https://findingimpact.com/wp-content/uploads/2018/09/Screen-Shot-2018-09-03-at-9.28.39-PM.png 395 395 Andy Narracott https://findingimpact.com/wp-content/uploads/2017/01/findingimpactlogo250px.png Andy Narracott2018-09-04 17:00:142018-09-26 05:43:26FIP 83: Marketing in Emerging Markets with Amanda Arch of Kasha
Today, we speak with Amanda Arch of Kasha on how it uses online and mobile platforms to market and deliver health products to middle class and BOP consumers in Rwanda.
On this episode:
- Amanda explains Kasha’s development in Rwanda, which began with building out an MVP of the technology and then working with different customer segment test groups.
- Amanda shared that Kasha partnered with non-profits deeply imbedded in Kigali, universities, and associations of professional women to set up test groups that ring fence customers with very similar and specific characteristics to build profiles.
- Lessons learned from this process are: (1) there is a difference between excitement and ordering, so the company needs a strong feedback loop with customers, and (2) people really wanted to see products in person before ordering, so it is really important to have products on hand as part of the customer acquisition process.
- Amanda also recommends developing power users and / or brand ambassadors that can get feedback from other users, as well as providing post-event communications methods (such as Whatsapp).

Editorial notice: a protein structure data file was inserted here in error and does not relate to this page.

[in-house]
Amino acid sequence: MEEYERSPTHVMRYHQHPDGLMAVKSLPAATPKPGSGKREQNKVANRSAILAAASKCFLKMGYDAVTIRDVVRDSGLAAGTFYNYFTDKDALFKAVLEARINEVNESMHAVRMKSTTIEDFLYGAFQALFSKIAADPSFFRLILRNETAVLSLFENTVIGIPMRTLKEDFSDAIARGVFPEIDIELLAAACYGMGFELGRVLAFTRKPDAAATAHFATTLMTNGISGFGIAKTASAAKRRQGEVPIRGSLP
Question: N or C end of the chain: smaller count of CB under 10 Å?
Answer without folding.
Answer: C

- Their three core customer segments are BOP customers, university students, and professional women, which are designated into these groups by ordering or delivering method. Amanda detailed how Kasha chose their segment marketing methods, which started with looking at what else was happening in the market and what the best practices are (for example, agent-based networks in rural communities) and then customized these channels for Kasha. Each segment has different messaging, events, and specials based on their group’s characteristics.
- She also explained that in the early stages, the company only tested messages and channels to understand their efficacy, not their cost. This allowed the company to make an investment in the brand that would not make sense for unit economics as they scale up. In the next phase, they really focused on customer acquisition data with an overall eye on lifetime value per marketing investment.
- During interactions with customers, Kasha also seeks to capture data for themselves to better understand their core customers as well as verify it with other external sources. Amanda also provides some of the company’s key KPIs including orders across segment, repeat orders, unique customers, and average basket size. She also shares some insight into the business model which looks at average basket size across different segments in order to resist only serving more profitable segments or limiting the platform to higher margin products.
Links to resources:
Connect with Amanda:
- On LinkedIn